Total Ban On Betel Nut Proposed For PNG Capital City

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Heavy fines considered for violating prohibitive rules

By Patrick Levo

PORT MORESBY, Papua New Guinea (PNG Post-Courier, Jan. 2, 2013) – Port Moresby, the capital of Papua New Guinea, is facing a total ban on betel nut in 2013 if the National Capital District Commission (NCDC) board has its way.

The commission is considering a blanket ban on all forms of vehicles, planes and boats ferrying betel nut into the city, surveillance at major roads and ports and heavy fines.

NCD Governor Powes Parkop announced the board’s intentions yesterday in a bid to clean up Port Moresby of rubbish created by betel nut waste, spittle and rubbish left behind by street vendors.

It costs the city authority millions to clean up betel nut filth and this has become a major concern since Mr. Parkop came to power five years ago.

But the moves by the NCDC board may have serious ramifications on many of the city’s unemployed who rely heavily on the betel nut trade to make ends meet for their families.

Governor Parkop said: "The NCD Board is seriously considering imposing stronger control of sale and chewing of betel nuts in the city in 2013.

"Despite all our efforts and appeals in the last four years, betel nut sales and chewing continue to be a menace and a health hazard in the city."

Mr. Parkop said while some residents and visitors to the nation’s capital have changed their attitude and are embracing NCDC’s effort to keep our city clean, hygienic and beautiful, many residents continue to be a hindrance to these noble development goals for the city and the people.

"This will not stop us from persevering in our endeavor to change the mindset and behavior of our people," he said.

"We will continue our attempt to change the behavior of our people until the majority, or ideally, all of our residents and visitors to the city see sense, give up their bad habits and join us to work towards a clean, hygienic and beautiful city.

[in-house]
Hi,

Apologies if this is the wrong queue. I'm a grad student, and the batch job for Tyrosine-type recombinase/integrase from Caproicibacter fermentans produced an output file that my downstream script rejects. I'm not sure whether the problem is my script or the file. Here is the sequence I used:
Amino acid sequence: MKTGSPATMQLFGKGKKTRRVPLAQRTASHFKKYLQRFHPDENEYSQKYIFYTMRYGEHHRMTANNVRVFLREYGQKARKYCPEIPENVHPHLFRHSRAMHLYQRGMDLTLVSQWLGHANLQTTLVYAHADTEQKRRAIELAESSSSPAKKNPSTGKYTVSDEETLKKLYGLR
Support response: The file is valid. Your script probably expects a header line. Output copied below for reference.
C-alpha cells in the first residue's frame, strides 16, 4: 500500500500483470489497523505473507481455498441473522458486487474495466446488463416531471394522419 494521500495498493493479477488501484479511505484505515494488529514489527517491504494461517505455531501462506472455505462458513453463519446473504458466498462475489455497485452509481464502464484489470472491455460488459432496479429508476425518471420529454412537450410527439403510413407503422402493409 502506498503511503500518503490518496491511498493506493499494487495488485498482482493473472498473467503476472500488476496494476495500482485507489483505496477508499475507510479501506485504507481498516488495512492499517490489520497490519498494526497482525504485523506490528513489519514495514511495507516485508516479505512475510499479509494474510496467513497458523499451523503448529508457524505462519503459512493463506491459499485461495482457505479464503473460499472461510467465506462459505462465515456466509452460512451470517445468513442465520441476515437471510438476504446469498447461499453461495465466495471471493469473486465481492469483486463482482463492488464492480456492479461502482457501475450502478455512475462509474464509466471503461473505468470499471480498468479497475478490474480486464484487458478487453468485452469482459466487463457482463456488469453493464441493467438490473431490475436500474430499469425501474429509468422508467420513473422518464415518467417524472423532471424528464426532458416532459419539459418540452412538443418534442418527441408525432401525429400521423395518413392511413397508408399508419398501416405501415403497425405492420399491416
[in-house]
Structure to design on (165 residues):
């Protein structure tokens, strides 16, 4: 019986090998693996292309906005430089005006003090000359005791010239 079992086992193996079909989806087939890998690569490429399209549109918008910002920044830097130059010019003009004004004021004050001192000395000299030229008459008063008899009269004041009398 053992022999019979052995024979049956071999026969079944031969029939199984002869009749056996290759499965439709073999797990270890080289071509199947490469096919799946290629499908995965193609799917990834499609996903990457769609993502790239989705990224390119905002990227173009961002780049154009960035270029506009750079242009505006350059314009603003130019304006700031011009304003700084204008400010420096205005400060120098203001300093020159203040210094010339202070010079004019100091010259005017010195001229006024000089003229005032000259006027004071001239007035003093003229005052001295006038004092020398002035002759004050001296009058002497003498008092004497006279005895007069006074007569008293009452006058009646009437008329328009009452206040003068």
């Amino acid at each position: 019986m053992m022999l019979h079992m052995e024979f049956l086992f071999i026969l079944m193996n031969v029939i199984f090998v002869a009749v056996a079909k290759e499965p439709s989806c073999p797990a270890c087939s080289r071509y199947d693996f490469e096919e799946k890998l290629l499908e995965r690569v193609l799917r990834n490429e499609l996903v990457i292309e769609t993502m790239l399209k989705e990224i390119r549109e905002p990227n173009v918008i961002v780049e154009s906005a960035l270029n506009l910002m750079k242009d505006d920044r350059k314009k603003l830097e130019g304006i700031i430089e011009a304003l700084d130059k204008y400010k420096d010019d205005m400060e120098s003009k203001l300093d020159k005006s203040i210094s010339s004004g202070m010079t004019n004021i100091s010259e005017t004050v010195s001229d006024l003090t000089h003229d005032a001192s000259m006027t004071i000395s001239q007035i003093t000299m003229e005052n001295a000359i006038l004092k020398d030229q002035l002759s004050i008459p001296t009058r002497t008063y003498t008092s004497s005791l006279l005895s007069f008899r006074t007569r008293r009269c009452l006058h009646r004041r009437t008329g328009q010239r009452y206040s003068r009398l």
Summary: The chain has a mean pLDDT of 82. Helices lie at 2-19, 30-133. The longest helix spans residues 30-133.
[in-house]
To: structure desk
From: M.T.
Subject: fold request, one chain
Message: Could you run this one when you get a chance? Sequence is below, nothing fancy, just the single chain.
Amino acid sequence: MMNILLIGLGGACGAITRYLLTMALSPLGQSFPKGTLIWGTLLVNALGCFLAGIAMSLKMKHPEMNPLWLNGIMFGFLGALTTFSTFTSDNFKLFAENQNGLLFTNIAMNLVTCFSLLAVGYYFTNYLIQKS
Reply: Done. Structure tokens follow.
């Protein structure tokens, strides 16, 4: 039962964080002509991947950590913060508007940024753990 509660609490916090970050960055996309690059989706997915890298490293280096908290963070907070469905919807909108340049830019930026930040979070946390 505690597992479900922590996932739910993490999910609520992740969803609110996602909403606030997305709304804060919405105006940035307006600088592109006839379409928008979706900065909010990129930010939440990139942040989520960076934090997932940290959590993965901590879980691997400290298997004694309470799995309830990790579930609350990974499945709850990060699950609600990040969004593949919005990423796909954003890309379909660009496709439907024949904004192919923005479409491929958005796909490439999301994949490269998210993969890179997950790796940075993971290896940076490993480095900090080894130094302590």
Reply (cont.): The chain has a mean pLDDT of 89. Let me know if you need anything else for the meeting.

"In addition to the steps we have been taking in the last few years to control sale and chewing of betel nuts in public places and spaces, the board of the commission will be considering the following additional measures:

In this respect, the NCDC board will consider the following fines or penalties:

Governor Parkop said the Board of the Commission will consider setting up a new department of the Commission to be responsible for enforcement of all laws and regulations that the Commission is responsible for policing, including litter laws, public health regulations, building board regulations, physical planning regulations and liquor laws and regulations.

He said the current NCD Reserve Police and Enforcement Division in Physical Planning Division of the Commission will be amalgamated and strengthened and adequately sourced to perform these responsibilities as well as assist police to maintain peace and security in public places and spaces. He said that up to now, the Commission has been hindered by its inability to enforce laws and regulations that it is empowered to police. This will change in the New Year.

"As Governor of our city and chairman of the Commission, I call on our residents and citizens to change their ways and embrace the visions and goals we have set for the city," Mr. Parkop said.

"They must understand and appreciate that we will never deviate or forgo these goals. Human behavior takes time to change and we will be patient but we will continue to persevere until our people change and help us to achieve these collective goals that are good for all of us.

"We recognize that betel nuts bring revenue to many members of our community, but the social, health and financial costs in dealing with the consequences are too high.

"As soon as the board of the Commission approves these new measures, they will be implemented as soon as possible," Governor Parkop said.

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